Come On In Anthology – Thoughts and Doodles

WELCOME

From some of the most exciting bestselling and up-and-coming YA authors writing today…journey from Ecuador to New York City and Argentina to Utah, from Australia to Harlem and India to New Jersey, from Fiji, America, Mexico and more… Come On In.

With characters who face random traffic stops, TSA detention, customs anxiety, and the daunting and inspiring journey to new lands, who camp with their extended families, dance at weddings, keep diaries, teach ESL, give up their rooms for displaced family, decide their own answer to the question “where are you from?” and so much more, Come On In illuminates fifteen of the myriad facets of the immigrant experience.

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I know my posting schedule has been sporadic and absent at best, but not to worry – I haven’t disappeared completely! Just…hibernating for a bit until I can cobble together some energy to finish writing posts (and socialize). My draft folder is a bit of a horror at the moment.

Note 1: This particular post is going up rather late due to Life Issues, so thank you to the Hear Our Voices team for being patient and understanding!

Note 2: Also a hearty thank you to Adobe Digital Editions for refusing to save the latter 70% of my reading notes and me for not realizing until three weeks later. I always enjoy that.


Why You Should Read (feat. hasty doodles)

  • one of the best anthologies I’ve read this year. Which, admittedly, would mean more if I had read more than three anthologies in total. BUT if I compile a list of all the anthologies I’ve read in the past, say, six years, this would still rank pretty high. So there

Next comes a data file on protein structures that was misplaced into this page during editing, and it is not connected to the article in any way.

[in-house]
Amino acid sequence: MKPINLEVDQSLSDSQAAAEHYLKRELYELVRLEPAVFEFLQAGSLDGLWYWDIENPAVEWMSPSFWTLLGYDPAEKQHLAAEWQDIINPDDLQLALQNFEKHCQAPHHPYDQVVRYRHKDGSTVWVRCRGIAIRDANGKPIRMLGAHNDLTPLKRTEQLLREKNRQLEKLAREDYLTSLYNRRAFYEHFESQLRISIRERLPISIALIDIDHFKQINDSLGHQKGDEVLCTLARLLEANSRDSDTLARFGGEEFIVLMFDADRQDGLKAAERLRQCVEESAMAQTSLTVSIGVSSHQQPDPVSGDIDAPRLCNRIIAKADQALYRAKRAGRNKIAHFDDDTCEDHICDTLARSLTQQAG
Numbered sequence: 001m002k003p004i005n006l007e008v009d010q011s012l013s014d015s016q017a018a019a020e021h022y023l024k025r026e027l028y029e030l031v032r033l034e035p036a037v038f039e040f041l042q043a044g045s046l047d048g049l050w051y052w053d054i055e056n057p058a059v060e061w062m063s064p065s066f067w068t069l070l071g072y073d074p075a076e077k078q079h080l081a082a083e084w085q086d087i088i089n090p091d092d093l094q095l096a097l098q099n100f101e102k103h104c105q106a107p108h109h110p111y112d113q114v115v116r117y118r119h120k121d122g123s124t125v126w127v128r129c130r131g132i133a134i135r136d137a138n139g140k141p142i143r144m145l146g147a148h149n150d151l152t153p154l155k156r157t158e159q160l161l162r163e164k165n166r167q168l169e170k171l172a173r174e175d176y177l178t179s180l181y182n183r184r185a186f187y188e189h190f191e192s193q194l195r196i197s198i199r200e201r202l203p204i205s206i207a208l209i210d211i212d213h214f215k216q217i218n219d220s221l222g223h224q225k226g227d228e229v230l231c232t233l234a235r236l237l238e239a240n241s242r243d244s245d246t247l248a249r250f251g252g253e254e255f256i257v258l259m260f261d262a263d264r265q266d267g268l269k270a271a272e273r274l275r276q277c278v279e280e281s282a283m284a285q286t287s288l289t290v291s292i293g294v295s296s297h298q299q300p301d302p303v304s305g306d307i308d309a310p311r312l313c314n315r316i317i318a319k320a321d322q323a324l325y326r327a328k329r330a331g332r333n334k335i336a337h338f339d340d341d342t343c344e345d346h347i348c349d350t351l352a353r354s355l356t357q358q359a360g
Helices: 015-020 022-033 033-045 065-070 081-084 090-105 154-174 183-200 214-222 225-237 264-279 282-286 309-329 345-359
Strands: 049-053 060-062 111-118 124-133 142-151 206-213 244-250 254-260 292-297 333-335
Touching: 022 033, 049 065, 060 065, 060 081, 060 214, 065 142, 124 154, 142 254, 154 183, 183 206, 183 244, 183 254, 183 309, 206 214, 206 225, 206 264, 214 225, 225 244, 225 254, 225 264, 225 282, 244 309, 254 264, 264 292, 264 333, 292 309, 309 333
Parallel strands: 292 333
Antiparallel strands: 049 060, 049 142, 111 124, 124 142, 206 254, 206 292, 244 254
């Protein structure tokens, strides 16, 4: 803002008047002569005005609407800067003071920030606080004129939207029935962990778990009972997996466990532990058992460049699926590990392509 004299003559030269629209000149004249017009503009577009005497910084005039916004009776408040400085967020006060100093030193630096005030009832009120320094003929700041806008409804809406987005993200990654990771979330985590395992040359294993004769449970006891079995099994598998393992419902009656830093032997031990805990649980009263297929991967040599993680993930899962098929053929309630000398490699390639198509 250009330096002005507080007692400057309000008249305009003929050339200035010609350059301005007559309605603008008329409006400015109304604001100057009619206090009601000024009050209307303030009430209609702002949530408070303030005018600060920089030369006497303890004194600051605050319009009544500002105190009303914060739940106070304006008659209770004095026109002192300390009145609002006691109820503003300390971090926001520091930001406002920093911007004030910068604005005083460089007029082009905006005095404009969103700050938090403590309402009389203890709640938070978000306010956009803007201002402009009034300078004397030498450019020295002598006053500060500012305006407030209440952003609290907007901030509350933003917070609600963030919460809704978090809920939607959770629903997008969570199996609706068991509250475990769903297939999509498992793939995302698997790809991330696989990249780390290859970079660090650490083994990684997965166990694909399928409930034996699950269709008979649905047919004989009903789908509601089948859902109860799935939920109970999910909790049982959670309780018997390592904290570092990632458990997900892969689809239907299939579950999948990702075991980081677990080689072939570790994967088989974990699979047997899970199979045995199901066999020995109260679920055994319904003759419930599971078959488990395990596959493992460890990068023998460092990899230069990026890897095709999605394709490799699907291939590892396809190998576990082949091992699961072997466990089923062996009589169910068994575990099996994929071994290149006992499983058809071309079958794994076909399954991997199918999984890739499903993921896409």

• aesthetically charming scenes including and not limited to donkeys against sunsets, cigars in teacups
  • a journey through multiple countries, generations, and families that you’ve never met but ring with notes of familiarity

  • the wonderful and confounding dichotomy of families, ubiquitous regardless of culture or time. Families driving you insane. Families keeping you sane. Family being your greatest disappointment and your greatest joy. Leaving your family only to return like a rubberbanded slingshot

  • not all are feel-good stories about embracing culture and family. Some seep anger and uncertainty–a non-sugarcoated look into hardship and life in the Trump administration. What next? When will it get better?


  • Alaya Dawn Johnson having fun with words (“Bones exist not of themselves but as representations of potential, past or future. They are a being reduced to its bleached essence. But it is flesh, so briefly animated, that makes those bones dance, resplendent in gold and jade. It is hope, and then death.”) Her story was, unsurprisingly, one of my favourites

  • Tío Reynaldo (Isabel Quintero’s “From Golden State”) and his eternal youth and eyes that see beyond the dark


  • tidbit truths about immigrant life that hit you hard (“To have families in two countries is to have part of yourself missing”)


  • the fact that, for many readers, the first Korean idiom they’ll learn is one involving butt hairs. All hail Maurene Goo


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About the Editor

Adi Alsaid was born and raised in Mexico City, where he now lives, writes, and spills hot sauce on things. He’s the author of several YA novels including LET’S GET LOST, NEVER ALWAYS SOMETIMES, and NORTH OF HAPPY.



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